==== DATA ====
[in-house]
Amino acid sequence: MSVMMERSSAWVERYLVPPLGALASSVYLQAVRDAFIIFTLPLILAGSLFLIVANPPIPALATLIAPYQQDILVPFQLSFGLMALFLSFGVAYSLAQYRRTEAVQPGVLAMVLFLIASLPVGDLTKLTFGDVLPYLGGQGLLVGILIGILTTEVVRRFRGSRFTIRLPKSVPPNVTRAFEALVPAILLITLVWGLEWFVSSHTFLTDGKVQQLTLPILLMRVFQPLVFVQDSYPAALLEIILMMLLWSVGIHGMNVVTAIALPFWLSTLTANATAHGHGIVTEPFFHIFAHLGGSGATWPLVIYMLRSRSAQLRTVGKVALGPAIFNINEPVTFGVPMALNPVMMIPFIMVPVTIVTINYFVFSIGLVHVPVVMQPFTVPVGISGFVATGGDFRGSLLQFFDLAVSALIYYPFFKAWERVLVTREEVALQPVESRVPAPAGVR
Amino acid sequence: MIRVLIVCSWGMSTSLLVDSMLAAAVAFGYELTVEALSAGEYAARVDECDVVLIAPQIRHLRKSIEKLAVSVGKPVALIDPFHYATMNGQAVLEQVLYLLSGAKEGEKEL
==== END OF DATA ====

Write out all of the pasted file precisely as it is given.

[in-house]
Amino acid sequence: MSVMMERSSAWVERYLVPPLGALASSVYLQAVRDAFIIFTLPLILAGSLFLIVANPPIPALATLIAPYQQDILVPFQLSFGLMALFLSFGVAYSLAQYRRTEAVQPGVLAMVLFLIASLPVGDLTKLTFGDVLPYLGGQGLLVGILIGILTTEVVRRFRGSRFTIRLPKSVPPNVTRAFEALVPAILLITLVWGLEWFVSSHTFLTDGKVQQLTLPILLMRVFQPLVFVQDSYPAALLEIILMMLLWSVGIHGMNVVTAIALPFWLSTLTANATAHGHGIVTEPFFHIFAHLGGSGATWPLVIYMLRSRSAQLRTVGKVALGPAIFNINEPVTFGVPMALNPVMMIPFIMVPVTIVTINYFVFSIGLVHVPVVMQPFTVPVGISGFVATGGDFRGSLLQFFDLAVSALIYYPFFKAWERVLVTREEVALQPVESRVPAPAGVR
Amino acid sequence: MIRVLIVCSWGMSTSLLVDSMLAAAVAFGYELTVEALSAGEYAARVDECDVVLIAPQIRHLRKSIEKLAVSVGKPVALIDPFHYATMNGQAVLEQVLYLLSGAKEGEKEL